Fenwick & West, the big Silicon Valley law firm, publishes an annual Seed Financing Survey in recognition of the growing importance of seed financing to entrepreneurs and the venture capital environment, especially in the internet/digital media and software industries. Below is a summary of the results, based on studying 56 transactions in 2011 and 52 in 2010.
Overview of 2011 Seed Financing Survey Results
- The use of convertible notes increased by 10 percentage points (to 41% of deals), and likewise the use of preferred stock decreased by 10 percentage points (to 59% of deals).
- The median size of convertible note deals increased from $662,500 to $1 million, while the median size of preferred stock deals remained basically flat around $1 millon.
- The pre-money valuation in preferred stock financings increased from $3.4 million to $4.0 million for internet/digital media deals, and from $2.7 million to $3.5 million for software deals.
- The median valuation cap on convertible notes increased from $4.0 million to $7.5 million. Notes are capped 82% of the time.
- If notes are repaid prior to next financing, they are typically repaid at 2.0x the principal amount, on average ($1 million note gets $2 million if company sold and note repaid).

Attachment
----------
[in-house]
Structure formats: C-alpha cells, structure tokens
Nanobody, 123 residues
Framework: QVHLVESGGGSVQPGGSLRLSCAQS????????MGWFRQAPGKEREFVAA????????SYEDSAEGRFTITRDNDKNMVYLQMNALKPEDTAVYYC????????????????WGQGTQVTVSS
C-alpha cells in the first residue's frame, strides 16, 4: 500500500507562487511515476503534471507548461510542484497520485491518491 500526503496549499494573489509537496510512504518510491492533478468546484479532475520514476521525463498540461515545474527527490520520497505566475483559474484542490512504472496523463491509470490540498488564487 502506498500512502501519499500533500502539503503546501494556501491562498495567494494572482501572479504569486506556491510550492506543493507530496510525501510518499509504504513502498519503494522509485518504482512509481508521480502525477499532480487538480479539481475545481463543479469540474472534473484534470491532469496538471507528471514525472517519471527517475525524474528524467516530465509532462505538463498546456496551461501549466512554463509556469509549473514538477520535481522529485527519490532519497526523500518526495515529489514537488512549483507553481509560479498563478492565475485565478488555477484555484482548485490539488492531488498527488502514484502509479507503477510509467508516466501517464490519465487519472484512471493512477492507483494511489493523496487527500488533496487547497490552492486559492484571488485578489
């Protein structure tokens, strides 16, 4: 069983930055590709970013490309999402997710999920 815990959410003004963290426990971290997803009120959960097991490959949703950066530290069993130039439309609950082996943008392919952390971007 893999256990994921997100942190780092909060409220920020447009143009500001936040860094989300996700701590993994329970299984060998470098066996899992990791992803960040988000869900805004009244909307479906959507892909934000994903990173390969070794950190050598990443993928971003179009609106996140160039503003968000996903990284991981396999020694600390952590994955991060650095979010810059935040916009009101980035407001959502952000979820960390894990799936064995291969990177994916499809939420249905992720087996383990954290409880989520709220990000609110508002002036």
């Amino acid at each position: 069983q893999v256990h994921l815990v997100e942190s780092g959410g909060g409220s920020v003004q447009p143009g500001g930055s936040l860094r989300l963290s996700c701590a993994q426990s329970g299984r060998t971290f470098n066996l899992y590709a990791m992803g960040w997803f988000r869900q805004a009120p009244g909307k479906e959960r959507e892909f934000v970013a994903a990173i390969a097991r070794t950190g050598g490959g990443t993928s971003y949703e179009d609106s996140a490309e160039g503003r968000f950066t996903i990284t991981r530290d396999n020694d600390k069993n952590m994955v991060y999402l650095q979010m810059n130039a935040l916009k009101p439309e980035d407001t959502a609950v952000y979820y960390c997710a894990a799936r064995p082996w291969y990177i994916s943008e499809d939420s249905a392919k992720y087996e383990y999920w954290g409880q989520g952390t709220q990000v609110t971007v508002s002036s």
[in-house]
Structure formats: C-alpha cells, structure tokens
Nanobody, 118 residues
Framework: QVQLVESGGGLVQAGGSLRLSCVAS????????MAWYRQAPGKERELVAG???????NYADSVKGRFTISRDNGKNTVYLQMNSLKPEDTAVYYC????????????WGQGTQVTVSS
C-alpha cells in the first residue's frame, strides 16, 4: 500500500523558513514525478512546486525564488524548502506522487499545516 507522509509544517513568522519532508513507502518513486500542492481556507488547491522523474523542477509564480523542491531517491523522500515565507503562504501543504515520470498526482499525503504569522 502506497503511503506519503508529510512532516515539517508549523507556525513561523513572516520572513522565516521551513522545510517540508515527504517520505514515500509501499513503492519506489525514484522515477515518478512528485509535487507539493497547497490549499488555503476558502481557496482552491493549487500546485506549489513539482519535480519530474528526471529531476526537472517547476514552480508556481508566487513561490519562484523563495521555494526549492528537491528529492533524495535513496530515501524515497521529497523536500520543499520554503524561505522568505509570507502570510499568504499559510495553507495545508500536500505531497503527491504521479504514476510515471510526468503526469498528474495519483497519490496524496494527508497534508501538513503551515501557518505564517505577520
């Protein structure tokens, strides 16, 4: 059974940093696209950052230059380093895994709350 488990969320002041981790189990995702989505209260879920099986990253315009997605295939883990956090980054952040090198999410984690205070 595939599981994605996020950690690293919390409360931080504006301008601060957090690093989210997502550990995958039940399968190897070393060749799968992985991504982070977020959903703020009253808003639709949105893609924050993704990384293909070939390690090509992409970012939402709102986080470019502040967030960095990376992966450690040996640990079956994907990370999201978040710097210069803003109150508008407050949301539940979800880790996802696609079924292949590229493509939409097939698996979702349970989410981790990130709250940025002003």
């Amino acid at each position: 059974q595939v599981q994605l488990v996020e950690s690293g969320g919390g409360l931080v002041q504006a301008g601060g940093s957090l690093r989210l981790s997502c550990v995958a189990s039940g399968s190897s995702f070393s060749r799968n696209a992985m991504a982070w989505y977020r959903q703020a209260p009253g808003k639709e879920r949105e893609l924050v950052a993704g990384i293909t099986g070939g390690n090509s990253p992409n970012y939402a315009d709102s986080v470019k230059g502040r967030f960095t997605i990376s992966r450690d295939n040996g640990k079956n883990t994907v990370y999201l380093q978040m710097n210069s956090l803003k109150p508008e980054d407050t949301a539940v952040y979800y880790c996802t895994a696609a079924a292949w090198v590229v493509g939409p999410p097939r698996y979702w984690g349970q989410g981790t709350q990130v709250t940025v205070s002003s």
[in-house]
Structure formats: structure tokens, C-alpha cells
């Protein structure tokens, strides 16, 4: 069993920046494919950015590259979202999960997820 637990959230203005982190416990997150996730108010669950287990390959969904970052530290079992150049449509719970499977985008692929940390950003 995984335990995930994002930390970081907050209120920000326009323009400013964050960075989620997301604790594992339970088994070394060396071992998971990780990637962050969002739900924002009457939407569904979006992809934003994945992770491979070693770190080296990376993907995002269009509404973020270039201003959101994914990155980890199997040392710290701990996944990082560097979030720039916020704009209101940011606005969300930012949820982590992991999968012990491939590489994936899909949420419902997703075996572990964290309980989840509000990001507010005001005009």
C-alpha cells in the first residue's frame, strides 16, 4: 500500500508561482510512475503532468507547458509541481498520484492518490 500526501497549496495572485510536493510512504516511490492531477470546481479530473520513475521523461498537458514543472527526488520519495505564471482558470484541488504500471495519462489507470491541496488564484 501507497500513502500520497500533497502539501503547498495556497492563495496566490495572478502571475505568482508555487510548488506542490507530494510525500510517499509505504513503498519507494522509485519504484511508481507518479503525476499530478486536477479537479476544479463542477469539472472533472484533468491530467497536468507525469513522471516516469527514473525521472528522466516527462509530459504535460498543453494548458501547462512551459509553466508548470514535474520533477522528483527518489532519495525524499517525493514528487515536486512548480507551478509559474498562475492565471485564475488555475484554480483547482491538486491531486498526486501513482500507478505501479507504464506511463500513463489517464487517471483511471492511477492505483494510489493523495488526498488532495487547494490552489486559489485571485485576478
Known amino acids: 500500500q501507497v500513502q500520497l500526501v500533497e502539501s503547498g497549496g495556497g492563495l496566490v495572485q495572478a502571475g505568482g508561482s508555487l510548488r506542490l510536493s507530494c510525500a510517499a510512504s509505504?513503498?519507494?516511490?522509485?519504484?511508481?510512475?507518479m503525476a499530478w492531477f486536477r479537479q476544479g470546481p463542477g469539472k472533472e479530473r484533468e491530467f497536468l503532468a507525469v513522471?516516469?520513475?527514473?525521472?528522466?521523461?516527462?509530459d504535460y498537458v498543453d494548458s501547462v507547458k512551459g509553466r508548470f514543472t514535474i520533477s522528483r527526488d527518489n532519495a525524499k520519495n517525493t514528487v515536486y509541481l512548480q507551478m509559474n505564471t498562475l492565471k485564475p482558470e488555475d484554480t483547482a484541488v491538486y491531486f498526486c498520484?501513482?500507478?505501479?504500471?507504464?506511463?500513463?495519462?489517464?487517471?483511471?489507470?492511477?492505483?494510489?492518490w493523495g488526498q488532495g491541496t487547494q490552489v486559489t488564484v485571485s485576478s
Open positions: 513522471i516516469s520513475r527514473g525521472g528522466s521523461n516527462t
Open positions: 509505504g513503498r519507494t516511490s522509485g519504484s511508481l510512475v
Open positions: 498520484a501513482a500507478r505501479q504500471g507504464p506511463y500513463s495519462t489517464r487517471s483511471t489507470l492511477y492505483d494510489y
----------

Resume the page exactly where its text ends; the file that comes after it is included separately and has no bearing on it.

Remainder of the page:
- Notes paid an interest rate of 5.5%, on average, and had a term of 18 months, on average. Notes were typically unsecured (96% of time).
- The percentage of convertible note deals that convert at a discount to the next equity valuation increased from 67% to 83%, with that discount being 20% from the next round, on average.
- The lead investor was a seed fund (46% of the time), professional angel (28% of the time) or VC fund (27% of the time)
- Investors were given a board seat 70% of the time in preferred stock deals, and 4% of the time in convertible note deals.
Overview of Current Seed Financing Environment
The seed financing environment for internet/digital media and software companies is expanding and becoming increasingly varied. Not only is the amount of seed investing increasing, but the diversity of seed funding sources is also increasing (e.g., friends/family, individual angels, angel networks, incubators/accelerators, seed funds, VC's investing earlier, crowdfunding). With this proliferation of seed capital and diversity of sources, the "leverage" in seed transactions seems to be leaning in favor of entrepreneurs, as preferred stock valuations, convertible note usage and convertible note cap amounts are increasing.
For the full detailed report, please visit the Fenwick & West website or contact Barry Kramer at 650-335-7278 | firstname.lastname@example.org or Steven Levine at 650-335-7847 | email@example.com at Fenwick & West.
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